alexa Coevolution of metal availability and nitrogen assimilation in cyanobacteria and algae.
Chemistry

Chemistry

Journal of Physical Chemistry & Biophysics

Author(s): Glass JB, WolfeSimon F, Anbar AD

Abstract Share this page

Abstract Marine primary producers adapted over eons to the changing chemistry of the oceans. Because a number of metalloenzymes are necessary for N assimilation, changes in the availability of transition metals posed a particular challenge to the supply of this critical nutrient that regulates marine biomass and productivity. Integrating recently developed geochemical, biochemical, and genetic evidence, we infer that the use of metals in N assimilation - particularly Fe and Mo - can be understood in terms of the history of metal availability through time. Anoxic, Fe-rich Archean oceans were conducive to the evolution of Fe-using enzymes that assimilate abiogenic NH(4)(+) and NO(2)(-). The N demands of an expanding biosphere were satisfied by the evolution of biological N(2) fixation, possibly utilizing only Fe. Trace O(2) in late Archean environments, and the eventual 'Great Oxidation Event' c. 2.3 Ga, mobilized metals such as Mo, enabling the evolution of Mo (or V)-based N(2) fixation and the Mo-dependent enzymes for NO(3)(-) assimilation and denitrification by prokaryotes. However, the subsequent onset of deep-sea euxinia, an increasingly-accepted idea, may have kept ocean Mo inventories low and depressed Fe, limiting the rate of N(2) fixation and the supply of fixed N. Eukaryotic ecosystems may have been particularly disadvantaged by N scarcity and the high Mo requirement of eukaryotic NO(3)(-) assimilation. Thorough ocean oxygenation in the Neoproterozoic led to Mo-rich oceans, possibly contributing to the proliferation of eukaryotes and thus the Cambrian explosion of metazoan life. These ideas can be tested by more intensive study of the metal requirements in N assimilation and the biological strategies for metal uptake, regulation, and storage. This article was published in Geobiology and referenced in Journal of Physical Chemistry & Biophysics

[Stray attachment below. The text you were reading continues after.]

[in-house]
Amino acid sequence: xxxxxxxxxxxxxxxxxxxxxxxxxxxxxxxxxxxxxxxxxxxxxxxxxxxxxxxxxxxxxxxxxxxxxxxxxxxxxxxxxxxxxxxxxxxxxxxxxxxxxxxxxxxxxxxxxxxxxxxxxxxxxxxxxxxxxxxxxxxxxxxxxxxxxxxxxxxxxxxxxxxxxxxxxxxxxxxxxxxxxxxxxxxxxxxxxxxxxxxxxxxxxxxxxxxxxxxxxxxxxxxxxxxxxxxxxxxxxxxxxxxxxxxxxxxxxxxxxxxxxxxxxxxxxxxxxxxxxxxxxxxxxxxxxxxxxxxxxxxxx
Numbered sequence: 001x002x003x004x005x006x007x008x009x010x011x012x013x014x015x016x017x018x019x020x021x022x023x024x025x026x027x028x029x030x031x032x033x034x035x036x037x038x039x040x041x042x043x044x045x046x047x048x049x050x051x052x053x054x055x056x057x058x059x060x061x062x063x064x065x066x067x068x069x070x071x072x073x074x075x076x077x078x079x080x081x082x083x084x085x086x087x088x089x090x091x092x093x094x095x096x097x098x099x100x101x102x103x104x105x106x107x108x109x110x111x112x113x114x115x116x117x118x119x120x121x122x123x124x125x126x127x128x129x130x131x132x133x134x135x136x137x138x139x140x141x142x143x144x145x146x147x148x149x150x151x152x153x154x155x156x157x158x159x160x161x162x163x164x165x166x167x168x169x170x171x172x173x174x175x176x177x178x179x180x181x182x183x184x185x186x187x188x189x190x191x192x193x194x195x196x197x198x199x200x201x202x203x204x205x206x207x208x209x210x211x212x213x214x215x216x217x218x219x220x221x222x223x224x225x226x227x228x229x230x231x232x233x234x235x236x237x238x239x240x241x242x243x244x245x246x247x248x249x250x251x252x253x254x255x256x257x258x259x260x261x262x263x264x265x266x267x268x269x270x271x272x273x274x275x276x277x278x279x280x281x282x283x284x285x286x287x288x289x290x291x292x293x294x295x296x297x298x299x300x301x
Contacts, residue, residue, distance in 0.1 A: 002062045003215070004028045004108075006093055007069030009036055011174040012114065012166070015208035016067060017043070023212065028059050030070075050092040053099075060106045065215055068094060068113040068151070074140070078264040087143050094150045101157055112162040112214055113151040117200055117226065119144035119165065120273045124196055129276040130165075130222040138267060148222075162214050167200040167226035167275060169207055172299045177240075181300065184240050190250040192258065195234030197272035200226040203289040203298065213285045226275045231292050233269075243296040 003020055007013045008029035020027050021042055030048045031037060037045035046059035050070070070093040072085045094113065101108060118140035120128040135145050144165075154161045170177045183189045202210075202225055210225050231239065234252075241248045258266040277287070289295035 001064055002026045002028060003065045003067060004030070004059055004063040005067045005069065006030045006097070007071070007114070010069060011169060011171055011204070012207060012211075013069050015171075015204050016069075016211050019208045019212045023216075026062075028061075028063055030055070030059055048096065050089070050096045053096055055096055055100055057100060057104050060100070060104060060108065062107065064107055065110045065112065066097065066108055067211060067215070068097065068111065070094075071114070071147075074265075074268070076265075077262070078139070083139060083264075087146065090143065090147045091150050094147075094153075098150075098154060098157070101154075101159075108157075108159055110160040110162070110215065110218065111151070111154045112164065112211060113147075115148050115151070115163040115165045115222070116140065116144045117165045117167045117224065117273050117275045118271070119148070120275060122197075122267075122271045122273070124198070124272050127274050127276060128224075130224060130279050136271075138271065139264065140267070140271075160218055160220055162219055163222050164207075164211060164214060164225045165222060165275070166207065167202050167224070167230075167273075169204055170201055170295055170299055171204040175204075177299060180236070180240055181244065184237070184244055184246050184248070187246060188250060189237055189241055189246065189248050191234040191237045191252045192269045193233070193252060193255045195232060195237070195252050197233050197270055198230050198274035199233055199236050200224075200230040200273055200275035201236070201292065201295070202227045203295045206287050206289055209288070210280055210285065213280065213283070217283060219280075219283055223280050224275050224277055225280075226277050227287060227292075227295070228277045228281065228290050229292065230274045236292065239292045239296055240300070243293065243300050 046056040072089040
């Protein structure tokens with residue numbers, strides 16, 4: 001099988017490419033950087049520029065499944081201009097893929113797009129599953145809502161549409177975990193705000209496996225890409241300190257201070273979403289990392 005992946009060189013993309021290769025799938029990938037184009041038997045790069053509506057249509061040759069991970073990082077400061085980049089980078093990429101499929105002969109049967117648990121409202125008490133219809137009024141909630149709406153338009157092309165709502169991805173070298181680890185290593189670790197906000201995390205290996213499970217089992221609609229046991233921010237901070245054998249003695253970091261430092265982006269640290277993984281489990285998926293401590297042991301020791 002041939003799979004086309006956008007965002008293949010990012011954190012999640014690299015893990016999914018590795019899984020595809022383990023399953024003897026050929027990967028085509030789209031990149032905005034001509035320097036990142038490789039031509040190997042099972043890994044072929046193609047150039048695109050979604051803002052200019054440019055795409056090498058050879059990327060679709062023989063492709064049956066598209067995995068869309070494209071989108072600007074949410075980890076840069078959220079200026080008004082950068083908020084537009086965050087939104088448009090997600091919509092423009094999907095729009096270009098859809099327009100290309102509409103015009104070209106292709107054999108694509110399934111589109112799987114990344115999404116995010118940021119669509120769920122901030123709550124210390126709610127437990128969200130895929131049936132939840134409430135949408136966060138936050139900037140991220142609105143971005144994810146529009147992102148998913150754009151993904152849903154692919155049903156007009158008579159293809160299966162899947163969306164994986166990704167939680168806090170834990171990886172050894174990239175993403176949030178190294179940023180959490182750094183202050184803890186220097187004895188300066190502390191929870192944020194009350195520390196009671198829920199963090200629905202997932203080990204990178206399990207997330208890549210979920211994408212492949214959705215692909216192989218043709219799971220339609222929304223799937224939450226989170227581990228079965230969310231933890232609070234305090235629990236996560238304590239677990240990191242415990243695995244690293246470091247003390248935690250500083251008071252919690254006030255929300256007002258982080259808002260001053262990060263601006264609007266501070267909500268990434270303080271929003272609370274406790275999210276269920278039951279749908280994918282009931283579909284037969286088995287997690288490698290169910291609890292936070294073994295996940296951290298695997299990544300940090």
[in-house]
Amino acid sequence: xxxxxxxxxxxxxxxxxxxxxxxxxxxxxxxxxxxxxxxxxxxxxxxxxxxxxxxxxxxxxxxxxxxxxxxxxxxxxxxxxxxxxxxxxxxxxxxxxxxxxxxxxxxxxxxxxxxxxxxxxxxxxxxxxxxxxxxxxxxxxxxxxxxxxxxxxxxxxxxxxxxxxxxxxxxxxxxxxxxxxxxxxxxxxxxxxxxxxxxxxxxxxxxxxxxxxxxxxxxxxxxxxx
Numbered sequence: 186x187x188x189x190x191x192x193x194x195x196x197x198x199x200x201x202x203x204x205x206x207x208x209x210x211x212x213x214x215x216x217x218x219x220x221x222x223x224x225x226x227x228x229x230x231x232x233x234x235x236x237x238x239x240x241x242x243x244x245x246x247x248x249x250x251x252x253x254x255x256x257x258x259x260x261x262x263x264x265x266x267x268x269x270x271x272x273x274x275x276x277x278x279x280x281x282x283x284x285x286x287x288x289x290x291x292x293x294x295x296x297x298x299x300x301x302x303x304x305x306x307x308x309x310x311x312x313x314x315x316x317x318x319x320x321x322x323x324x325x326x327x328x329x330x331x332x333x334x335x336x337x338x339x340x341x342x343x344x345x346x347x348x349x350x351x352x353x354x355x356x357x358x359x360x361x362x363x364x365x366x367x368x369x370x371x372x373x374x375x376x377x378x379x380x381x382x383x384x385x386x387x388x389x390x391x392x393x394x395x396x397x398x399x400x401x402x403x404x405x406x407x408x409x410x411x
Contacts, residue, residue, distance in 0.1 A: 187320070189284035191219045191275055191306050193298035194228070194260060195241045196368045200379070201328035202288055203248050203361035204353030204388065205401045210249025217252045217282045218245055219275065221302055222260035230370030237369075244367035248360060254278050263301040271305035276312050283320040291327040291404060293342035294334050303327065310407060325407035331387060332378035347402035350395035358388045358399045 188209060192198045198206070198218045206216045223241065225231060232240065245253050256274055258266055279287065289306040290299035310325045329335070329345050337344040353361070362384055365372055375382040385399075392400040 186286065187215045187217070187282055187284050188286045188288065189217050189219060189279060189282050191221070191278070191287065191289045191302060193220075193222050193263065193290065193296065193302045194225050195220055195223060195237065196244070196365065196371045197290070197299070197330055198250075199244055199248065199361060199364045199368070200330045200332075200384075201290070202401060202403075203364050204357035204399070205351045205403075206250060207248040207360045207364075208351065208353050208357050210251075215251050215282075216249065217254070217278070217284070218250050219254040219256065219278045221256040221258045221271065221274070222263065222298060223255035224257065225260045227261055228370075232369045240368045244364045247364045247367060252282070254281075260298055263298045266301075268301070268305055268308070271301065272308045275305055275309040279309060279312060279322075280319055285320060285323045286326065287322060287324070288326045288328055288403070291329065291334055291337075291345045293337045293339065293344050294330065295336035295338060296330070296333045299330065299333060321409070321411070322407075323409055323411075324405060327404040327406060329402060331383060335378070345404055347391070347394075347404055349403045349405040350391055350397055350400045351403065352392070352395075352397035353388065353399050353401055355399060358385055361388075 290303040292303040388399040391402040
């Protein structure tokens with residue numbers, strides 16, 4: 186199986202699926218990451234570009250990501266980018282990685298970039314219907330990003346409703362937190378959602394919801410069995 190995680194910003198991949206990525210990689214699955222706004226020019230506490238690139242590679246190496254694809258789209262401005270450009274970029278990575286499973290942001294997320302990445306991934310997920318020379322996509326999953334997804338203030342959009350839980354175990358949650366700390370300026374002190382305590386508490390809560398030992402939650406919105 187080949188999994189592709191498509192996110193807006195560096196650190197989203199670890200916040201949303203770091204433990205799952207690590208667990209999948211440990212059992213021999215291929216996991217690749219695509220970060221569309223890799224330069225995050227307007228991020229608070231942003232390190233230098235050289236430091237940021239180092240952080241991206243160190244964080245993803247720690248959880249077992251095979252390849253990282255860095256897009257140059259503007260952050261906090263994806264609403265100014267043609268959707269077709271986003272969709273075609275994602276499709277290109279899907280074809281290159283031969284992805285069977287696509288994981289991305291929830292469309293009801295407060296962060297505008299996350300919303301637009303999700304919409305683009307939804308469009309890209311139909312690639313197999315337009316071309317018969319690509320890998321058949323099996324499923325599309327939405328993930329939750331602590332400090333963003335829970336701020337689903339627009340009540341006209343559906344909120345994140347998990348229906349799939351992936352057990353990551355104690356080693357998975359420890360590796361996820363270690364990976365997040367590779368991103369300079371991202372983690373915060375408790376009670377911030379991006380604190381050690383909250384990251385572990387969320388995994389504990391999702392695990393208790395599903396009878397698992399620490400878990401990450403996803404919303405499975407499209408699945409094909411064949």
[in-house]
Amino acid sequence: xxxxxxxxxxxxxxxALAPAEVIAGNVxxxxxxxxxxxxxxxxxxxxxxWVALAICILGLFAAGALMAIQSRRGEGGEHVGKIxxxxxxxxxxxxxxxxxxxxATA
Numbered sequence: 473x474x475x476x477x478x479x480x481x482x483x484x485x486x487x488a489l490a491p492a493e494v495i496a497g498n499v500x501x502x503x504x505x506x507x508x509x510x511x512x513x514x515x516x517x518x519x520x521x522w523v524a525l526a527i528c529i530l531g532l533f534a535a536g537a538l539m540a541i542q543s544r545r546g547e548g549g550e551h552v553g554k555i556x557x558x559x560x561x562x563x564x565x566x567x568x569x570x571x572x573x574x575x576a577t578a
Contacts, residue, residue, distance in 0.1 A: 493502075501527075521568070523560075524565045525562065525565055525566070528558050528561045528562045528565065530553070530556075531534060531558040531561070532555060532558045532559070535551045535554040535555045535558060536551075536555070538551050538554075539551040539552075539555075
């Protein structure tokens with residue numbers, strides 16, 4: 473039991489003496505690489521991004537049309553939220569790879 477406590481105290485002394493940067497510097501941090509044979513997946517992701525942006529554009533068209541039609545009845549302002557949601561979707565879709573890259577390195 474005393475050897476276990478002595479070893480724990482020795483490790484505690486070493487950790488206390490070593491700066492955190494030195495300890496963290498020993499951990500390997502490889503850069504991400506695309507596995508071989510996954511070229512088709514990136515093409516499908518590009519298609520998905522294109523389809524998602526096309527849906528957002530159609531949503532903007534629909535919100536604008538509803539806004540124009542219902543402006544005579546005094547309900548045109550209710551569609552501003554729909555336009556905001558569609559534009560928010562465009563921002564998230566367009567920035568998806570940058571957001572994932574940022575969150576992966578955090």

Relevant Expert PPTs

Relevant Speaker PPTs

Peer Reviewed Journals
 
Make the best use of Scientific Research and information from our 700 + peer reviewed, Open Access Journals
International Conferences 2017-18
 
Meet Inspiring Speakers and Experts at our 3000+ Global Annual Meetings

Contact Us

Agri, Food, Aqua and Veterinary Science Journals

Dr. Krish

[email protected]

1-702-714-7001 Extn: 9040

Clinical and Biochemistry Journals

Datta A

[email protected]

1-702-714-7001Extn: 9037

Business & Management Journals

Ronald

[email protected]

1-702-714-7001Extn: 9042

Chemical Engineering and Chemistry Journals

Gabriel Shaw

[email protected]

1-702-714-7001 Extn: 9040

Earth & Environmental Sciences

Katie Wilson

[email protected]

1-702-714-7001Extn: 9042

Engineering Journals

James Franklin

[email protected]

1-702-714-7001Extn: 9042

General Science and Health care Journals

Andrea Jason

[email protected]

1-702-714-7001Extn: 9043

Genetics and Molecular Biology Journals

Anna Melissa

[email protected]

1-702-714-7001 Extn: 9006

Immunology & Microbiology Journals

David Gorantl

[email protected]

1-702-714-7001Extn: 9014

Informatics Journals

Stephanie Skinner

[email protected]

1-702-714-7001Extn: 9039

Material Sciences Journals

Rachle Green

[email protected]

1-702-714-7001Extn: 9039

Mathematics and Physics Journals

Jim Willison

[email protected]

1-702-714-7001 Extn: 9042

Medical Journals

Nimmi Anna

[email protected]

1-702-714-7001 Extn: 9038

Neuroscience & Psychology Journals

Nathan T

[email protected]

1-702-714-7001Extn: 9041

Pharmaceutical Sciences Journals

John Behannon

[email protected]

1-702-714-7001Extn: 9007

Social & Political Science Journals

Steve Harry

[email protected]

1-702-714-7001 Extn: 9042

 
© 2008-2017 OMICS International - Open Access Publisher. Best viewed in Mozilla Firefox | Google Chrome | Above IE 7.0 version
adwords